Beyond ABC: Tackling Human-Dog Conflict in India


In India, there are approximately 25 million dogs, most of whom are either strays or partly owned but free-roaming. Like it or not, dogs and people have to co-exist in our cities and villages, and sometimes there is conflict between them. Conflict includes not just the killing of dogs (like in Kerala), but also neglecting dogs in distress, beating and stoning them, and displacing them from their territories. Chances are, if you are reading this from anywhere in India, human-dog conflict exists in your city too in one form or another.

The first approach that comes to mind when most people think of resolving this conflict is Animal Birth Control (ABC), or sterilization. And rightly so – it has shown documented success in reducing dog population in several cities in India. But if after decades of ABC in your city, you still face conflict, you are not alone.

We have to ask the question: what are we missing? Even in places with successful ABC programmes with adequate budgets, competent staff, and government support, dogs continue to get beaten, neglected, displaced, and sometimes even killed. Over the last year, FIAPO consulted several of our members, and visited some of the aggrieved communities, in order to figure out why. We listened to people who have been bitten by dogs, who are scared of dogs, dog-lovers, health officers, vets, NGOs and municipal corporations alike.

We found out something that we all already know, but perhaps never fully acknowledged in our drive to mount ABC programmes: that dogs are not persecuted just because of their population. Instead, we found that people were more concerned about contracting rabies, about being able to navigate their neighborhoods without fearing packs of dogs, and if they are bitten, about being able to get support and medical assistance. Dog-bite victims need immediate help and support that the long-term solution of ABC cannot offer.

All our solutions for ending conflict situations continue to narrow down to ABC. But it’s clear that to protect dogs on the streets of India, ABC alone is not the answer. We must also start investing in other equally important and more immediately effective measures to end conflict between humans and dogs.

Anti-Rabies Vaccination

Studies show that in order to eliminate rabies from a dog population, 70% of dogs have to be vaccinated against it. Such large numbers are simply not possible for our struggling ABC programmes to handle, yet dedicated ARV (independent of ABC) is desperately needed if we want an end to rabies. To be able to assure people that they won’t contract rabies from a dog, it needs to be ensured that the dog is currently immune to the disease. This can happen only through a dedicated street dog vaccination programme.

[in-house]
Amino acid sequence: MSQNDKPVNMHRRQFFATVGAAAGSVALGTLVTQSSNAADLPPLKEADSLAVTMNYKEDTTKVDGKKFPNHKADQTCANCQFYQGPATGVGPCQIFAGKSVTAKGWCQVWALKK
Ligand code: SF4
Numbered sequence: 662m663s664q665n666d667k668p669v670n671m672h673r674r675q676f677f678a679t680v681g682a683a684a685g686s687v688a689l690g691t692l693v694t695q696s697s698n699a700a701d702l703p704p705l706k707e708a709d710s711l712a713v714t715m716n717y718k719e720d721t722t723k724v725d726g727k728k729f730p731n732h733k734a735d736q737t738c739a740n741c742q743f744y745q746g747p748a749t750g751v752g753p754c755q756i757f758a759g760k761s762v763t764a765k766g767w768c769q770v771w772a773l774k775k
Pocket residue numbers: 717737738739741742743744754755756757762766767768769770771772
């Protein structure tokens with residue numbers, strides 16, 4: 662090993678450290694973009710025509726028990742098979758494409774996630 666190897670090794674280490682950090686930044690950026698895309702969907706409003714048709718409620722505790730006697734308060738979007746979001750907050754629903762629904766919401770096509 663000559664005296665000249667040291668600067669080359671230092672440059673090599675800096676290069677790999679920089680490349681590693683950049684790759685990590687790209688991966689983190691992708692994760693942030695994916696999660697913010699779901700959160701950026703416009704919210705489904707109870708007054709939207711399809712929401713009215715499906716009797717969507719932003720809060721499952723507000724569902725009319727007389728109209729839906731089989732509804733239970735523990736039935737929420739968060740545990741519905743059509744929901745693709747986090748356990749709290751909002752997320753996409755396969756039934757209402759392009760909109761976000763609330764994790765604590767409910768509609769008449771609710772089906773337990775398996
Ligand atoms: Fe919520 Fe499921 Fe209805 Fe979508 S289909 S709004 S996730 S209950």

Dog Bite Prevention Education

There is a dire need to sensitise the community about how to behave around street dogs. Dog lovers may respond differently to the same dog than people who are not as comfortable around them. Some of us have learnt the basics of dog behavior, while others have not. We have found that much of the ill will against street dogs stems from fear and ignorance. Education is the only way to dispel this fear, and to get people to accept dogs in their communities as the wonderful companions they are capable of being.

Counseling for Dog Bite Victims

Dog bites can be traumatic, and victims of dog bites must be cared for immediately. In the absence of proper counseling, we have found that dog bite victims, their families and their community at large become susceptible to extreme aggression towards all street animals, considering them a menace. Counseling requires more than just educating victims about how to prevent future incidents, though sharing basic knowledge such as how to treat injuries and avoid risky situations can go a long way in helping alleviate their fears and potential hatred toward dogs in their community. Counselors must act as a support system to dog bite victims and offer their services to the community to help people feel secure and safe, thereby safeguarding both human and animal welfare.

With our national campaign Rabies Free, FIAPO (Federation of Indian Animal Protection Organizations) is now working in Kerala and Karnataka to not only help implement ABC, but also carry out Anti-Rabies Vaccinations, Dog Bite Prevention Education, and Victim Counseling. We are actively seeking partner organizations in other cities, so if you want to end human-dog conflict in your city, write to us at

Featured image credit Anil kumar B Bhatt, CC BY 2.0

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FIAPO is India's apex animal rights organization. As the collective voice of the animal rights movement in India, FIAPO is the catalyst that protects the interests and rights of animals on local and national levels - through education, research, lobbying, mobilization, networking, training and direct action. Created for the movement, by the movement, FIAPO is India’s only national federation. It has over 80 members and over 200 supporter organizations across the country. Click to see author's profile.

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